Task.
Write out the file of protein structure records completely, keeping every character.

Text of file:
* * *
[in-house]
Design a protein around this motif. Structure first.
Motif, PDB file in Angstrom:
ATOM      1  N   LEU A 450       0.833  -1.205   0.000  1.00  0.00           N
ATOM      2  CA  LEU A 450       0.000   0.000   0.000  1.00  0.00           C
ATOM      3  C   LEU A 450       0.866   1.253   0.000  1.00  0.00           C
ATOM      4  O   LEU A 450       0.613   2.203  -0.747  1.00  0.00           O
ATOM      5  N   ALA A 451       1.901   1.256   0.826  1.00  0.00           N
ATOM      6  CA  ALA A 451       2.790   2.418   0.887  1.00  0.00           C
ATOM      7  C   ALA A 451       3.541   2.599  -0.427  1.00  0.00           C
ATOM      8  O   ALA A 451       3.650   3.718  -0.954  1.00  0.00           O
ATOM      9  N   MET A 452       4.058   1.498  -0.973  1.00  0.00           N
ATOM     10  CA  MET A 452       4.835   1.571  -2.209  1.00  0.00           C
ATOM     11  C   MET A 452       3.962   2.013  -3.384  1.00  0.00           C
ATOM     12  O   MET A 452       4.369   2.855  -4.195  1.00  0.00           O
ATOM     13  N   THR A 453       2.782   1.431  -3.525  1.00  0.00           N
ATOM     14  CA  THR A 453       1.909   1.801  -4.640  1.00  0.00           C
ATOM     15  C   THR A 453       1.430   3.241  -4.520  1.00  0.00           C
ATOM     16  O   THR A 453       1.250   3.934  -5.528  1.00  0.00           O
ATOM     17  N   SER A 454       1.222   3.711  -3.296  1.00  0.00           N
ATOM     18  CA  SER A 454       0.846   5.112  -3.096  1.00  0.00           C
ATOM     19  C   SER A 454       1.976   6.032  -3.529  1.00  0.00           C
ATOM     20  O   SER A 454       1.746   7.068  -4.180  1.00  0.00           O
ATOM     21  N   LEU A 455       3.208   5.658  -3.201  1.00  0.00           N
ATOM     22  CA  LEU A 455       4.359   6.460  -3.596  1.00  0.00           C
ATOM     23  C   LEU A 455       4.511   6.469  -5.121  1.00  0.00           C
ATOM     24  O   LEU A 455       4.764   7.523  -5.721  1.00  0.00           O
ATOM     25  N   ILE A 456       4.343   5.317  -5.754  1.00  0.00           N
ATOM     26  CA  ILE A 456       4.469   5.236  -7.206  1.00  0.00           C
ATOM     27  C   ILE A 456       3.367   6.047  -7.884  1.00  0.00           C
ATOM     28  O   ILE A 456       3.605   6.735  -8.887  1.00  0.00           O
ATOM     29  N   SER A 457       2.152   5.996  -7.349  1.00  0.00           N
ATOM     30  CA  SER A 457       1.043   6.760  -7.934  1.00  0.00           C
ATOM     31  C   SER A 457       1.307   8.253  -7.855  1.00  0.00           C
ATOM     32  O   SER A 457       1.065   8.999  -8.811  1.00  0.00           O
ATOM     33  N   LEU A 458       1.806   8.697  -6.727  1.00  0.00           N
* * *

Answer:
[in-house]
Design a protein around this motif. Structure first.
Motif, PDB file in Angstrom:
ATOM      1  N   LEU A 450       0.833  -1.205   0.000  1.00  0.00           N
ATOM      2  CA  LEU A 450       0.000   0.000   0.000  1.00  0.00           C
ATOM      3  C   LEU A 450       0.866   1.253   0.000  1.00  0.00           C
ATOM      4  O   LEU A 450       0.613   2.203  -0.747  1.00  0.00           O
ATOM      5  N   ALA A 451       1.901   1.256   0.826  1.00  0.00           N
ATOM      6  CA  ALA A 451       2.790   2.418   0.887  1.00  0.00           C
ATOM      7  C   ALA A 451       3.541   2.599  -0.427  1.00  0.00           C
ATOM      8  O   ALA A 451       3.650   3.718  -0.954  1.00  0.00           O
ATOM      9  N   MET A 452       4.058   1.498  -0.973  1.00  0.00           N
ATOM     10  CA  MET A 452       4.835   1.571  -2.209  1.00  0.00           C
ATOM     11  C   MET A 452       3.962   2.013  -3.384  1.00  0.00           C
ATOM     12  O   MET A 452       4.369   2.855  -4.195  1.00  0.00           O
ATOM     13  N   THR A 453       2.782   1.431  -3.525  1.00  0.00           N
ATOM     14  CA  THR A 453       1.909   1.801  -4.640  1.00  0.00           C
ATOM     15  C   THR A 453       1.430   3.241  -4.520  1.00  0.00           C
ATOM     16  O   THR A 453       1.250   3.934  -5.528  1.00  0.00           O
ATOM     17  N   SER A 454       1.222   3.711  -3.296  1.00  0.00           N
ATOM     18  CA  SER A 454       0.846   5.112  -3.096  1.00  0.00           C
ATOM     19  C   SER A 454       1.976   6.032  -3.529  1.00  0.00           C
ATOM     20  O   SER A 454       1.746   7.068  -4.180  1.00  0.00           O
ATOM     21  N   LEU A 455       3.208   5.658  -3.201  1.00  0.00           N
ATOM     22  CA  LEU A 455       4.359   6.460  -3.596  1.00  0.00           C
ATOM     23  C   LEU A 455       4.511   6.469  -5.121  1.00  0.00           C
ATOM     24  O   LEU A 455       4.764   7.523  -5.721  1.00  0.00           O
ATOM     25  N   ILE A 456       4.343   5.317  -5.754  1.00  0.00           N
ATOM     26  CA  ILE A 456       4.469   5.236  -7.206  1.00  0.00           C
ATOM     27  C   ILE A 456       3.367   6.047  -7.884  1.00  0.00           C
ATOM     28  O   ILE A 456       3.605   6.735  -8.887  1.00  0.00           O
ATOM     29  N   SER A 457       2.152   5.996  -7.349  1.00  0.00           N
ATOM     30  CA  SER A 457       1.043   6.760  -7.934  1.00  0.00           C
ATOM     31  C   SER A 457       1.307   8.253  -7.855  1.00  0.00           C
ATOM     32  O   SER A 457       1.065   8.999  -8.811  1.00  0.00           O
ATOM     33  N   LEU A 458       1.806   8.697  -6.727  1.00  0.00           N